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Posted at 10:58 AM ET, 11/17/2010

Task force seeks new Metro structure

By Ann Scott Tyson

[This post will be updated]

12:10 p.m. update: Metro Board of Directors tyson.gifChairman Peter Benjamin issued the following statement in response to the release of the task force's report: "We understand the critical role of Metro governance in providing safe, reliable and effective transit service in our region and we greatly appreciate the hard work of the Metropolitan Washington Council of Governments/Greater Washington Board of Trade task force and the careful consideration which it gave to the issues. We look forward to addressing the issues raised in this report with all deliberate speed, as well as those raised by our own Riders Advisory Council and other governance recommendations we receive."

Original post: A joint task force has determined that Metro's governance structure is outdated, lacks accountability and has "contributed to its decline."

The task force of the Greater Washington Board of Trade and Metropolitan Washington Council of Governments (MWCOG) issued a 35-page assessment that calls for "dramatic changes" to how Metro is run.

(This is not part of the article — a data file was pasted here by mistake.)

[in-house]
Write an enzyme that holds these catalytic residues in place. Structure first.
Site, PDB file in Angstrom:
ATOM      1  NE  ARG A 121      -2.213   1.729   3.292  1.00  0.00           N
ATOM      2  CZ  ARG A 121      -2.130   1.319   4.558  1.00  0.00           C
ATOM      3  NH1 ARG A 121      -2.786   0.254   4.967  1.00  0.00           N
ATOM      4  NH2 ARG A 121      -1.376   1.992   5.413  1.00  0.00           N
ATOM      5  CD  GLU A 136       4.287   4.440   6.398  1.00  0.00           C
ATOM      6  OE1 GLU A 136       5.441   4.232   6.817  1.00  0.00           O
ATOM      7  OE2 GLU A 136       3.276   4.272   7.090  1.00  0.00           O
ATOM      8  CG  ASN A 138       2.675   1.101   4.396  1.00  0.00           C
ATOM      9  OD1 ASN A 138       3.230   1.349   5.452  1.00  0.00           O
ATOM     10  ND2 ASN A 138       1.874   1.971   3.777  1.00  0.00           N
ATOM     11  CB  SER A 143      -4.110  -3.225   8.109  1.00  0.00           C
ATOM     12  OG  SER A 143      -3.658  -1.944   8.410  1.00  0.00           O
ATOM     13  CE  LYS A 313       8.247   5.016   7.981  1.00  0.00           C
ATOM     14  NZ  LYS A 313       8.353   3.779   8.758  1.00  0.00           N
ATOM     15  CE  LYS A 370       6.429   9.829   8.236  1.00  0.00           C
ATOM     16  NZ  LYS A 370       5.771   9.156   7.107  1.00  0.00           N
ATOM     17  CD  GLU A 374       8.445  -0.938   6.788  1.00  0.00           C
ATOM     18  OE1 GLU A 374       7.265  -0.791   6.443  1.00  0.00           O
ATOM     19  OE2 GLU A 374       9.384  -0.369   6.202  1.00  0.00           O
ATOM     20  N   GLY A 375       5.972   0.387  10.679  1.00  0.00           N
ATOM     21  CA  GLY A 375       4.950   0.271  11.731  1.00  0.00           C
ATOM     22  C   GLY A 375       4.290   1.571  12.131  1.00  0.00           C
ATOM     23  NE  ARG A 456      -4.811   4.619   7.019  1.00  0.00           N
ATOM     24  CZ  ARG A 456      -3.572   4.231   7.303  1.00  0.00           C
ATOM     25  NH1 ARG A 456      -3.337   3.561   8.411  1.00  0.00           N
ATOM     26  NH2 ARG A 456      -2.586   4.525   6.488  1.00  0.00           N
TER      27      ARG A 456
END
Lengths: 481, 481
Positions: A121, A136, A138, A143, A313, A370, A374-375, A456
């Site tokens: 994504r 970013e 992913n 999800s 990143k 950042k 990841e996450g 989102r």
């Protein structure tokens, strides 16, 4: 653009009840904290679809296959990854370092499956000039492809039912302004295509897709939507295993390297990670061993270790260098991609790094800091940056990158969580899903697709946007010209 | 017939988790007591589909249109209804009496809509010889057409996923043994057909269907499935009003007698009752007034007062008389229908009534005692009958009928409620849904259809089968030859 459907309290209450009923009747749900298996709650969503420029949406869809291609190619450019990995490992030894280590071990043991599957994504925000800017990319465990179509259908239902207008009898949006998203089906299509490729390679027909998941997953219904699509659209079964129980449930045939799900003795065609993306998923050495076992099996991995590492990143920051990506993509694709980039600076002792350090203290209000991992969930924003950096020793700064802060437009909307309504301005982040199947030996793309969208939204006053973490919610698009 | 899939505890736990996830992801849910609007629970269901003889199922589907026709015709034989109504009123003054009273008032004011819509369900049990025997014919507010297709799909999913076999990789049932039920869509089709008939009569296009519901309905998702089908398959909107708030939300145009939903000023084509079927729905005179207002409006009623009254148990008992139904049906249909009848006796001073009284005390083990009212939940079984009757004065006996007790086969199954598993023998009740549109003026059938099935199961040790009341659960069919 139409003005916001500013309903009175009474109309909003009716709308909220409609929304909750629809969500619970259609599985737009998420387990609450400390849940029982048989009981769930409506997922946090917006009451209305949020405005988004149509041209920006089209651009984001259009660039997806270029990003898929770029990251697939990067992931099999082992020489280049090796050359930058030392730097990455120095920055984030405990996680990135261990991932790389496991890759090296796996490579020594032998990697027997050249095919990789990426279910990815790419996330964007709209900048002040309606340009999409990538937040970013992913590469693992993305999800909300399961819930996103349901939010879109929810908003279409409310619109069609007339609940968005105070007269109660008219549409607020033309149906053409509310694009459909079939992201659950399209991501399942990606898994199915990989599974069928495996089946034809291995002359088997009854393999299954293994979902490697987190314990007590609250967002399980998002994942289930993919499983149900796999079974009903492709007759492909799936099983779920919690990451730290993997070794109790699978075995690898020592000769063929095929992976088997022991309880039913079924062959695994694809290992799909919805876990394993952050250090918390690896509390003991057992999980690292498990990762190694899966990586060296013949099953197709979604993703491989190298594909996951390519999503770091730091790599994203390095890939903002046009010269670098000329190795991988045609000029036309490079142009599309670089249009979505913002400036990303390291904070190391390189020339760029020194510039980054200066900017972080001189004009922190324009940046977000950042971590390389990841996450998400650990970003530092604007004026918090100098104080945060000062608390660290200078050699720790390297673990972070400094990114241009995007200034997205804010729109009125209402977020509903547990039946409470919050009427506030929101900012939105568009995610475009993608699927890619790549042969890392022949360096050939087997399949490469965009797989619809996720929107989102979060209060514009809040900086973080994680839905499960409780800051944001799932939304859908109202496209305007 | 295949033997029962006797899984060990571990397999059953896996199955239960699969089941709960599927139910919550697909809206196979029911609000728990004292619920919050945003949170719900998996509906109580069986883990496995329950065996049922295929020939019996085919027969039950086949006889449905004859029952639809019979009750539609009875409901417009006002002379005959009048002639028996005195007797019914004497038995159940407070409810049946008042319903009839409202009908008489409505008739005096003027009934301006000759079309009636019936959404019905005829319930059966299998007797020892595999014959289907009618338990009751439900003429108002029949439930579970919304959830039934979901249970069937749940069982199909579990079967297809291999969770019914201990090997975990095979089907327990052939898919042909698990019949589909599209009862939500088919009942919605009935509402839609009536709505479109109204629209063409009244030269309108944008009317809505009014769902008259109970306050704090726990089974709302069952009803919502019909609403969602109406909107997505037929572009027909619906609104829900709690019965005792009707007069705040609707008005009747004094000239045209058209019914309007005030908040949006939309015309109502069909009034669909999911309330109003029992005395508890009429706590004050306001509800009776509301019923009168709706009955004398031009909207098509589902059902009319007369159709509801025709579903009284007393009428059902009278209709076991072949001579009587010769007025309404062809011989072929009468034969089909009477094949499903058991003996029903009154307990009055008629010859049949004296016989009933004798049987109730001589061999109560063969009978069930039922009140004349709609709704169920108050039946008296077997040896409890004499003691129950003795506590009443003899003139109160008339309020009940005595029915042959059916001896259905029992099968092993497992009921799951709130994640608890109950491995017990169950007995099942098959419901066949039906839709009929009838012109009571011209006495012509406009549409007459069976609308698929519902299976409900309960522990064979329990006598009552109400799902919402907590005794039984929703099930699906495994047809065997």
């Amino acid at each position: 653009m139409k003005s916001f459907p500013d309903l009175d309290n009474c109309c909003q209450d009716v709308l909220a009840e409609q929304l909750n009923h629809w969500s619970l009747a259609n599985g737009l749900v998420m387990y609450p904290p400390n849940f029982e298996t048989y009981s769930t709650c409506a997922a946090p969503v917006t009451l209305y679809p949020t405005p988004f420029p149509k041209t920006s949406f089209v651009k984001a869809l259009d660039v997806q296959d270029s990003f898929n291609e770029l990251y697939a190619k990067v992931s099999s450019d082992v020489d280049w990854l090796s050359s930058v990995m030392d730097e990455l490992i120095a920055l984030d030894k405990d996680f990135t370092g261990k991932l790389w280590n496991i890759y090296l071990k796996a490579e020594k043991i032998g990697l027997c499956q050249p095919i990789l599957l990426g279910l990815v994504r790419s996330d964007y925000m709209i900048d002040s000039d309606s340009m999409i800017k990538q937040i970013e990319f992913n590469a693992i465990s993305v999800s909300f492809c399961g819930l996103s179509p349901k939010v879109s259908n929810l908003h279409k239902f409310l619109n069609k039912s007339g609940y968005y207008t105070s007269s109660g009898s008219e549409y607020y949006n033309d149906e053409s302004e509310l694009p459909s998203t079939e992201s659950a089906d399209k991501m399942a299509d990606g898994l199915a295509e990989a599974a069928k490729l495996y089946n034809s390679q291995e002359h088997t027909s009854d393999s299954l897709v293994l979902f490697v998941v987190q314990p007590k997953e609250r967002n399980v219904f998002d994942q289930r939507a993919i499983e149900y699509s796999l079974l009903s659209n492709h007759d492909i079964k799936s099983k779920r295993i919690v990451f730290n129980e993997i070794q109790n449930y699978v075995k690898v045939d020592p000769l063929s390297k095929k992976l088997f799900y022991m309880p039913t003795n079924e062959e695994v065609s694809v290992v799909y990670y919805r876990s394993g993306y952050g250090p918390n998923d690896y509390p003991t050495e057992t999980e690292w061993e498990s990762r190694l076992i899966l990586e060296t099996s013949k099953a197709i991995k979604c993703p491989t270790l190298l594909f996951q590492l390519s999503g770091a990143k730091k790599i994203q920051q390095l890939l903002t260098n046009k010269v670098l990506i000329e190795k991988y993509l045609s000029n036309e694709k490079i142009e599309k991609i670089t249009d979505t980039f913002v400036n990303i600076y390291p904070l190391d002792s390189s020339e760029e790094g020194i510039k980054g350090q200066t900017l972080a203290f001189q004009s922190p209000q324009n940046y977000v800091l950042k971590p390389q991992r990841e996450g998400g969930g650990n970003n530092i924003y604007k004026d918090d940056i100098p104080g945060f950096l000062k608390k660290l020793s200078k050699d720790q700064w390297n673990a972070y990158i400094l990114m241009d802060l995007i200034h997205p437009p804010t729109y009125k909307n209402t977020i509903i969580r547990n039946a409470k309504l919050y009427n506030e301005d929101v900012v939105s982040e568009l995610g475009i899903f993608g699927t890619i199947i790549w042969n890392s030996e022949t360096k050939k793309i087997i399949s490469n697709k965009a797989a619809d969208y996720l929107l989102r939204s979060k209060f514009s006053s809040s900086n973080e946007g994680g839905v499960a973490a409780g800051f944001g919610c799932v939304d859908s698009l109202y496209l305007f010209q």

"WMATA has had two GMs and two interim GMs over the past five years. No organization can operate effectively with that kind of turnover," Jim Dinegar, president and CEO of the Greater Washington Board of Trade, said in a statement. "The lack of clear accountability and responsibility is eroding faith in the system among riders, funders, business leaders, and government officials. The increasing lack of confidence is a reality that threatens the future of the system."

The report calls for the governors of Maryland and Virginia and the mayor of the District to take a "much stronger role" in selecting the members of the Metro board of directors.

It also calls for the creation of a governance commission to make the improvements and hold the board accountable.

"There is no clear understanding" of who is accountable for running Metro, said David Robertson, executive director of MWCOG.

The governance commission would include seven members:
-- Maryland's governor
-- Virginia's governor
-- The District's mayor
-- Washington Suburban Transit Commission chairman
-- Northern Virginia Transportation Commission chairman
-- District of Columbia council chairman
-- The administrator of the General Services Administration